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Motion adaptation shifts apparent position without the motion aftereffect.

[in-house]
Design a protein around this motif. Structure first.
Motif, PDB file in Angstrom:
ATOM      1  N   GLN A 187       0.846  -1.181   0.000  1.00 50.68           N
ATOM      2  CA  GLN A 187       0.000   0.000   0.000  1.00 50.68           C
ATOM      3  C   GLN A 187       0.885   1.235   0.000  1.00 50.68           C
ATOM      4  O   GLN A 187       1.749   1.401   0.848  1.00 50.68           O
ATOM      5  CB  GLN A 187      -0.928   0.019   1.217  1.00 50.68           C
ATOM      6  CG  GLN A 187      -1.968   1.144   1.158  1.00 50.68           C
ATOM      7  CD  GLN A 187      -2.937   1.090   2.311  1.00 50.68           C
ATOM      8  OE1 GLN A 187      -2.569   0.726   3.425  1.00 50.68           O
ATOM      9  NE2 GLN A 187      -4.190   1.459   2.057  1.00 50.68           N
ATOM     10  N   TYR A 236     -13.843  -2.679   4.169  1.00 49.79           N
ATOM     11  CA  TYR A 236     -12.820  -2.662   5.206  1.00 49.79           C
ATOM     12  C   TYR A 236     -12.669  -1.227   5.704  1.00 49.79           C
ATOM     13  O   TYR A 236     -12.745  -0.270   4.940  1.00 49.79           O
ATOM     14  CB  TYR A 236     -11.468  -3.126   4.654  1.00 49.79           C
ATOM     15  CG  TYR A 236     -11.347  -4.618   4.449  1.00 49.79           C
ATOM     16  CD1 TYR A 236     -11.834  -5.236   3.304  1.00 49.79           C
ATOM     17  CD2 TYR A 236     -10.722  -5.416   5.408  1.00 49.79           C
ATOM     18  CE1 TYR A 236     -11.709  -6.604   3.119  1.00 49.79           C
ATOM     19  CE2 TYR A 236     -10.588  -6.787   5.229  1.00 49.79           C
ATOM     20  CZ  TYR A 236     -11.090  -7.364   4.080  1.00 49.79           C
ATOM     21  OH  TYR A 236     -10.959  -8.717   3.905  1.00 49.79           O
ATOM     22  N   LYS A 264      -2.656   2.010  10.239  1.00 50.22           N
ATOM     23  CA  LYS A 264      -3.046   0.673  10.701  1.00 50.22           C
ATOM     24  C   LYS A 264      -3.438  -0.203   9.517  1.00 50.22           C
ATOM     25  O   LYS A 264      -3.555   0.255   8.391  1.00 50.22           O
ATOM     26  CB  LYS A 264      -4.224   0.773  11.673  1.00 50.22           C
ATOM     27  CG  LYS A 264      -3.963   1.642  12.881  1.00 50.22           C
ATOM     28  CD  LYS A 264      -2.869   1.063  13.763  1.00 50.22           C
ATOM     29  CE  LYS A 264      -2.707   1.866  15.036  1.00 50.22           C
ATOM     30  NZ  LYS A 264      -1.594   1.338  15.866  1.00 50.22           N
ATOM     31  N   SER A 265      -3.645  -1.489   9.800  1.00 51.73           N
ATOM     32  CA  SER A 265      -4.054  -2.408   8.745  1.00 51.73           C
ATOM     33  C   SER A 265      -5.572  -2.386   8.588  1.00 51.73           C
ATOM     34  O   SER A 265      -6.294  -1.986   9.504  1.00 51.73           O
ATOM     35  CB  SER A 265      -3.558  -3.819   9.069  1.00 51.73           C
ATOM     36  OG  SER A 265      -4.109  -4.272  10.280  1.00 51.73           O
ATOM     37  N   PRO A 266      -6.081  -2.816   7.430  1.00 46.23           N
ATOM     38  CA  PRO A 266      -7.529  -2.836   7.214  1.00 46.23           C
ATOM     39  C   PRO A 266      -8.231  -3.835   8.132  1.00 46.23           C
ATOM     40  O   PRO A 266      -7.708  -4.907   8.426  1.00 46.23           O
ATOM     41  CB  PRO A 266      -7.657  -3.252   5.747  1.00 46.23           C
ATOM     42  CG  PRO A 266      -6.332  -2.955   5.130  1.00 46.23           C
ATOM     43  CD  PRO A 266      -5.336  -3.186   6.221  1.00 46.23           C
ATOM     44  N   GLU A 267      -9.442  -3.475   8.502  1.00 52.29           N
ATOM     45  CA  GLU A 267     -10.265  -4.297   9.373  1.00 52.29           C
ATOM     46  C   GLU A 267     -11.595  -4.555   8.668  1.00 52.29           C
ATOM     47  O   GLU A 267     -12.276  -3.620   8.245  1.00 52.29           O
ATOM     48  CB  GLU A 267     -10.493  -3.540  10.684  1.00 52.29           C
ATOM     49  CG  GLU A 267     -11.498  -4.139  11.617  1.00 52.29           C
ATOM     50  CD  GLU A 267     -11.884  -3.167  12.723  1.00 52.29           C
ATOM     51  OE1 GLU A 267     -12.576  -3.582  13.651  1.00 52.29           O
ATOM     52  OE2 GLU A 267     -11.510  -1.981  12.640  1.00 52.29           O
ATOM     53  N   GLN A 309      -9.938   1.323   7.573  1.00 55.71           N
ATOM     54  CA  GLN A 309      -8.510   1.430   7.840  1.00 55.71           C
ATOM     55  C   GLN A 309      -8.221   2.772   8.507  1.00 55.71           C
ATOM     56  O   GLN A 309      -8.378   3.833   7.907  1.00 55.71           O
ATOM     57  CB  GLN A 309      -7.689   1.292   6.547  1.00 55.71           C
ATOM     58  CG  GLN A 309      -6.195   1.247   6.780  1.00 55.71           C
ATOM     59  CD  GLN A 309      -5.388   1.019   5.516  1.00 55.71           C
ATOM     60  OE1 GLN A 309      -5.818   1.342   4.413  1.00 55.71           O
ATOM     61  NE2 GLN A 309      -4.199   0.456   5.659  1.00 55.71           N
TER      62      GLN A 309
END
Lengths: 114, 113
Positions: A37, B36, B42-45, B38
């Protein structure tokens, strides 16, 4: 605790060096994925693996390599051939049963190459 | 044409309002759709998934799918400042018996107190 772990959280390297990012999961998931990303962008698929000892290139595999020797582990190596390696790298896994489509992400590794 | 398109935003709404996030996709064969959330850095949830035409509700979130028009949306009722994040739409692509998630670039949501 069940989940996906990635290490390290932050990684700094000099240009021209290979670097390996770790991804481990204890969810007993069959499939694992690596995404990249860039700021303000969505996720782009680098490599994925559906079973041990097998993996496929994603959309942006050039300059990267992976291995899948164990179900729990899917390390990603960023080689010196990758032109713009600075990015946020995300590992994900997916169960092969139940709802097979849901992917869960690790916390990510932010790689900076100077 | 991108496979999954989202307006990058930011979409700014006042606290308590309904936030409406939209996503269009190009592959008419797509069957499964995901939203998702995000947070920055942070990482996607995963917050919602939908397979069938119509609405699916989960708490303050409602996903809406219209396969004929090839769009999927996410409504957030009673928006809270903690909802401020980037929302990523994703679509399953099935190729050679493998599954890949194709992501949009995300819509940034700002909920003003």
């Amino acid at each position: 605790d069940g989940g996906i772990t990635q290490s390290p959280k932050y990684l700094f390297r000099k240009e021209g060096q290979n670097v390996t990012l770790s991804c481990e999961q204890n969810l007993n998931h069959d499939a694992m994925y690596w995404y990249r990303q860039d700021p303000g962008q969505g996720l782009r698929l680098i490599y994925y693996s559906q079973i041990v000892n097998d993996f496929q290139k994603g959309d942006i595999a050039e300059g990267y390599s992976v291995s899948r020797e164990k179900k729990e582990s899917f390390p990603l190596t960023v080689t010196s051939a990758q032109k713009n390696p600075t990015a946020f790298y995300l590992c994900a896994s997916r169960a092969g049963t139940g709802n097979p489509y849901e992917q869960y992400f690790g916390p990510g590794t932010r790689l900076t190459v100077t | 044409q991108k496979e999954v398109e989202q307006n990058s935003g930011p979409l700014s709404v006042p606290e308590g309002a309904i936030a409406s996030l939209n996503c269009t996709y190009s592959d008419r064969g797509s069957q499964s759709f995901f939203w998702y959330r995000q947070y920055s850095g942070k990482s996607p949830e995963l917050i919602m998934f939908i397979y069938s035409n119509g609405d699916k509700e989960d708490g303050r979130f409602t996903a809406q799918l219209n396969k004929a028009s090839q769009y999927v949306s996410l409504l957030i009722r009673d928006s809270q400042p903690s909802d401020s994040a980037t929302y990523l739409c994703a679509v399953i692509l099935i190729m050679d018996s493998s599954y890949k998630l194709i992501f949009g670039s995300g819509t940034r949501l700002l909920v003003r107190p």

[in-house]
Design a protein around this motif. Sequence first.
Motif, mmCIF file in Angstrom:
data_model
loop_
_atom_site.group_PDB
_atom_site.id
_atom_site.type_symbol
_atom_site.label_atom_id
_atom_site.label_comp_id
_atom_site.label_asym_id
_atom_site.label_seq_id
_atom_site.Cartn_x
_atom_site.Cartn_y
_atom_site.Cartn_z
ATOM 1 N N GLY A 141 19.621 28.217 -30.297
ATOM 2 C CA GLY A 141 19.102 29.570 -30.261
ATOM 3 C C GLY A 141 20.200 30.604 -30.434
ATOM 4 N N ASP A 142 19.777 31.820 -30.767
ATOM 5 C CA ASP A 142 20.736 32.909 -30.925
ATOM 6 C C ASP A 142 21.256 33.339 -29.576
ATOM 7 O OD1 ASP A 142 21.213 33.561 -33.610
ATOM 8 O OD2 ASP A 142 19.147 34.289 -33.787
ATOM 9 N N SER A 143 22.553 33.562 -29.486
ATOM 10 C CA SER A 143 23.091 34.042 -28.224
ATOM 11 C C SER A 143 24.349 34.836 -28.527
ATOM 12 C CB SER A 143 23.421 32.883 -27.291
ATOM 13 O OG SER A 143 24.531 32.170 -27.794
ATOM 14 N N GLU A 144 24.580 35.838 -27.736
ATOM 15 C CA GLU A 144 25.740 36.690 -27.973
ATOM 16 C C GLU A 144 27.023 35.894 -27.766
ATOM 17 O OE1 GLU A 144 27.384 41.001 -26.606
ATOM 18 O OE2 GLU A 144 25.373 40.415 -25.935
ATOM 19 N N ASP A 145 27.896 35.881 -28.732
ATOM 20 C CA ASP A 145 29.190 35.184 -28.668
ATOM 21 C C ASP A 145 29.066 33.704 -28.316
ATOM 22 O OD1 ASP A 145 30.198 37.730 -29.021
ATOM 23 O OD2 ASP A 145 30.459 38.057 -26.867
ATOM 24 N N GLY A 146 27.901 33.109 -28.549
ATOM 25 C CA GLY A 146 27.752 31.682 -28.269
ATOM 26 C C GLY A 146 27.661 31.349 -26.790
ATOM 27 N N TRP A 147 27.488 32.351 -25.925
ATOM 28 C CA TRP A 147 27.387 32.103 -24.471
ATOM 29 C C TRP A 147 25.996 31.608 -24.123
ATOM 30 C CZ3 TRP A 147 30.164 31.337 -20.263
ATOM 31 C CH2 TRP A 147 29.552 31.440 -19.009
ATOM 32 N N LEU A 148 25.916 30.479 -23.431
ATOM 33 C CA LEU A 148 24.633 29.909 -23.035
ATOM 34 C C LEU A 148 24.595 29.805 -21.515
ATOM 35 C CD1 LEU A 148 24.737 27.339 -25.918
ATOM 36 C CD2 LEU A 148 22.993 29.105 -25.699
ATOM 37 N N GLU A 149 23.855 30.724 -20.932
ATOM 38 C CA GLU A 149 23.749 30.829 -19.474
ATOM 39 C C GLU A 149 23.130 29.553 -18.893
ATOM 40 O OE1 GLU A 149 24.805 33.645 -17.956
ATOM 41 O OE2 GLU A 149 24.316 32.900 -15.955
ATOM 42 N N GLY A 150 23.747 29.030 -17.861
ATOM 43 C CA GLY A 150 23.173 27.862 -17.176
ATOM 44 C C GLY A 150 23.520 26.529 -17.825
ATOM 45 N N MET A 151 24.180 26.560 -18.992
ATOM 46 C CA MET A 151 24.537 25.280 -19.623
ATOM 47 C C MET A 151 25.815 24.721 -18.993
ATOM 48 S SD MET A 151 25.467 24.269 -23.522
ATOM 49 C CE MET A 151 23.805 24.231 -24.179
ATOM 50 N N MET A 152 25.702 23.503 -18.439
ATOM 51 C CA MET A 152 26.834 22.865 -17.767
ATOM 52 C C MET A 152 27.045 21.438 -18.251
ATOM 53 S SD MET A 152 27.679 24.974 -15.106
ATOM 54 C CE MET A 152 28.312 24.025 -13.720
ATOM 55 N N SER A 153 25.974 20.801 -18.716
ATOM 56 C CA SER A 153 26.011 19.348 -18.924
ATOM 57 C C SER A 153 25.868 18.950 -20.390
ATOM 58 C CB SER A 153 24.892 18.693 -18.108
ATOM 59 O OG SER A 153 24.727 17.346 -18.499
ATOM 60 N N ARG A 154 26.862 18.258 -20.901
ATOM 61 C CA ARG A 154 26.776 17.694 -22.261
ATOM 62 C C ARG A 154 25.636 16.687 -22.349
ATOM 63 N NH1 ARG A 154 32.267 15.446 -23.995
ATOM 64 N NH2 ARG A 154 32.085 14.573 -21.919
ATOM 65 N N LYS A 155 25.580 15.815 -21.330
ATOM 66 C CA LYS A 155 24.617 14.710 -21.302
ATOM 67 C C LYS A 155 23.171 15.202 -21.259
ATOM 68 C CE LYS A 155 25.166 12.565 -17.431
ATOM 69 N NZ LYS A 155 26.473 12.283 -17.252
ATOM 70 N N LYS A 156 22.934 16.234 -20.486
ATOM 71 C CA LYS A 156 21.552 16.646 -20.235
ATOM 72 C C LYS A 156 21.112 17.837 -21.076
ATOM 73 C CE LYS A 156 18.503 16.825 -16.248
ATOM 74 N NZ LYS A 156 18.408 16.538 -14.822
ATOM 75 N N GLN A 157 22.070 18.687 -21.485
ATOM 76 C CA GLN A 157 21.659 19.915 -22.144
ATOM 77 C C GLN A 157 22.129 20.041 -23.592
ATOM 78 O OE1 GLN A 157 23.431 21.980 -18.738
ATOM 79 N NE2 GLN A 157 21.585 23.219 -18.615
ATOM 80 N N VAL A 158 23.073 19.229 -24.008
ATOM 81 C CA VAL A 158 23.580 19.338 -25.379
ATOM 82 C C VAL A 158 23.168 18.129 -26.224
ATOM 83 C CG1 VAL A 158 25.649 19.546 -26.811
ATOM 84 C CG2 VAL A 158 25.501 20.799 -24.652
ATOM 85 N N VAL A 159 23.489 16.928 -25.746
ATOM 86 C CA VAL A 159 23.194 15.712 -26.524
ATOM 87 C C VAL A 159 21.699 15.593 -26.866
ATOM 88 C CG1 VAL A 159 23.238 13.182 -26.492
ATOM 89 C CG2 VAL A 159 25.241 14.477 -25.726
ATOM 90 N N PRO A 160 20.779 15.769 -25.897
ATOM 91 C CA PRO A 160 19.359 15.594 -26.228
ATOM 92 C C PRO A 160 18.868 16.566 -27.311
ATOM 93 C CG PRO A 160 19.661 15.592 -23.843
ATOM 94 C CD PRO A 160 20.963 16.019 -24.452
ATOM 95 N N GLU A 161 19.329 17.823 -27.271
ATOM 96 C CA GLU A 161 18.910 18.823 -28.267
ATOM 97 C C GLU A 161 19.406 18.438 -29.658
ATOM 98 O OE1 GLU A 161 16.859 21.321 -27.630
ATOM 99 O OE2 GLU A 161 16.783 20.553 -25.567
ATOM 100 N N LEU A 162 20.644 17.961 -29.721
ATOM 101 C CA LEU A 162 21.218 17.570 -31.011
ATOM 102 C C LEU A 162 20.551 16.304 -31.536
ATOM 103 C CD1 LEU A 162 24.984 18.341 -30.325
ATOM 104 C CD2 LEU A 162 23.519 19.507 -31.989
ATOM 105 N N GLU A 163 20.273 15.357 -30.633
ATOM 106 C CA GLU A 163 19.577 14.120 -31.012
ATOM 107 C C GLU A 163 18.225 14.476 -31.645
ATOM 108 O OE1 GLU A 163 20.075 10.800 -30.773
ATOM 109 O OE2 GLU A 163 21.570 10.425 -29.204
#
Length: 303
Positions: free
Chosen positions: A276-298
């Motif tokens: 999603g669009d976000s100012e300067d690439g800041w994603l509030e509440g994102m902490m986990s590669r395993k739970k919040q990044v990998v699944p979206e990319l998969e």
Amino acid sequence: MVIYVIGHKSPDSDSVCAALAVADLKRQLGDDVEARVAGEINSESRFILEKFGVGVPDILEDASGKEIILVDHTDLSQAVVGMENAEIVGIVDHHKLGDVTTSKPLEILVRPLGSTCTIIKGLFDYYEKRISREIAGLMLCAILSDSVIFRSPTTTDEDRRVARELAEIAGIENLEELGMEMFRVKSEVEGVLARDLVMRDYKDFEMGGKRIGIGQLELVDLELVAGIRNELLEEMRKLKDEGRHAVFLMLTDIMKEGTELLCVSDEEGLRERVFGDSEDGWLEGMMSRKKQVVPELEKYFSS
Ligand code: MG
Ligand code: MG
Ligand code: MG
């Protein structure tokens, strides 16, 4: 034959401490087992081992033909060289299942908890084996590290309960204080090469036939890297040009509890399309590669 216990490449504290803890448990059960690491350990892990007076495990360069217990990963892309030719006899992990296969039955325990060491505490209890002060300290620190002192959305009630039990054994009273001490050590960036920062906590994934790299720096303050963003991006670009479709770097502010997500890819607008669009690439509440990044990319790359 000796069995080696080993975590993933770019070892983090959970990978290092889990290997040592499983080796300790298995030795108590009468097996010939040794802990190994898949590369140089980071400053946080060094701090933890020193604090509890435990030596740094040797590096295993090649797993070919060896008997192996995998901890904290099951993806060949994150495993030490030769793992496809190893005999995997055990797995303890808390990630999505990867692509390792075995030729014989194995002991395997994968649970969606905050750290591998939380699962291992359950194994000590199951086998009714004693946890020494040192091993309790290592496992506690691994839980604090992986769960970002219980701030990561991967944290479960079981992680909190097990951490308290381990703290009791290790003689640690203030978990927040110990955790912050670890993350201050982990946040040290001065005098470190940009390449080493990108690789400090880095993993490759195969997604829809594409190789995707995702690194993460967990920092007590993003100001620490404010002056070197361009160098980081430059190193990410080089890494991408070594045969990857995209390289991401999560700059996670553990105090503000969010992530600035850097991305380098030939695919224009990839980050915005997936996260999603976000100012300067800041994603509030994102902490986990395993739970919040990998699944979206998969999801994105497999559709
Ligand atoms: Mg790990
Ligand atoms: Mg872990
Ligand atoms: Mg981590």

Adaptation to motion can produce effects on both the perceived motion (the motion aftereffect) and the position (McGraw, Whitaker, Skillen, & Chung, 2002; Nishida & Johnston, 1999; Snowden, 1998; Whitaker, McGraw, & Pearson, 1999) of a subsequently viewed test stimulus. The position shift can be interpreted as a consequence of the motion aftereffect. For example, as the motion within a stationary aperture creates the impression that the aperture is shifted in position (De Valois & De Valois, 1991; Hayes, 2000; Ramachandran & Anstis, 1990), the motion aftereffect may generate a shift in perceived position of the test pattern simply because of the illusory motion it generates on the pattern. However, here we show a different aftereffect of motion adaptation that causes a shift in the apparent position of an object even when the object appears stationary and is located several degrees from the adapted region. This position aftereffect of motion reveals a new form of motion adaptation--one that does not result in a motion aftereffect--and suggests that motion and position signals are processed independently but then interact at a higher stage of processing. (PsycINFO Database Record (c) 2007 APA, all rights reserved)



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